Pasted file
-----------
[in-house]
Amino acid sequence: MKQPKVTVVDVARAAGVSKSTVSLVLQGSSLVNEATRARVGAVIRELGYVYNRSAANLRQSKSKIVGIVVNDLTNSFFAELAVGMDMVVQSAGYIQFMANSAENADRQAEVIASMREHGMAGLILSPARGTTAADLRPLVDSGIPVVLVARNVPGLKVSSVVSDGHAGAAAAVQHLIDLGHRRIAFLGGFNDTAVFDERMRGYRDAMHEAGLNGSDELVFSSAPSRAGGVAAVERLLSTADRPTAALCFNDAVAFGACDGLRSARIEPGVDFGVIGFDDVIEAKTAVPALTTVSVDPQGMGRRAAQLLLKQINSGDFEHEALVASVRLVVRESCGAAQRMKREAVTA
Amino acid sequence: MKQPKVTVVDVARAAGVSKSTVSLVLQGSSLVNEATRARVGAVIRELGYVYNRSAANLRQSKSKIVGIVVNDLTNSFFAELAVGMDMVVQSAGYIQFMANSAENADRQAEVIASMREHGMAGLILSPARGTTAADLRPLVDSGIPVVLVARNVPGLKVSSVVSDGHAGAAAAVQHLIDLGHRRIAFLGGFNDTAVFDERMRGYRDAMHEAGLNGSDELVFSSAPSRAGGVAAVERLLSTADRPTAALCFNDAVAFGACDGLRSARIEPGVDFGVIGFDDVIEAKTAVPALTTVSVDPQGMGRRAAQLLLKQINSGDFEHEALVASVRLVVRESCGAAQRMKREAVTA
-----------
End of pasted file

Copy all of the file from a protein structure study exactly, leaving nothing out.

[in-house]
Amino acid sequence: MKQPKVTVVDVARAAGVSKSTVSLVLQGSSLVNEATRARVGAVIRELGYVYNRSAANLRQSKSKIVGIVVNDLTNSFFAELAVGMDMVVQSAGYIQFMANSAENADRQAEVIASMREHGMAGLILSPARGTTAADLRPLVDSGIPVVLVARNVPGLKVSSVVSDGHAGAAAAVQHLIDLGHRRIAFLGGFNDTAVFDERMRGYRDAMHEAGLNGSDELVFSSAPSRAGGVAAVERLLSTADRPTAALCFNDAVAFGACDGLRSARIEPGVDFGVIGFDDVIEAKTAVPALTTVSVDPQGMGRRAAQLLLKQINSGDFEHEALVASVRLVVRESCGAAQRMKREAVTA
Amino acid sequence: MKQPKVTVVDVARAAGVSKSTVSLVLQGSSLVNEATRARVGAVIRELGYVYNRSAANLRQSKSKIVGIVVNDLTNSFFAELAVGMDMVVQSAGYIQFMANSAENADRQAEVIASMREHGMAGLILSPARGTTAADLRPLVDSGIPVVLVARNVPGLKVSSVVSDGHAGAAAAVQHLIDLGHRRIAFLGGFNDTAVFDERMRGYRDAMHEAGLNGSDELVFSSAPSRAGGVAAVERLLSTADRPTAALCFNDAVAFGACDGLRSARIEPGVDFGVIGFDDVIEAKTAVPALTTVSVDPQGMGRRAAQLLLKQINSGDFEHEALVASVRLVVRESCGAAQRMKREAVTA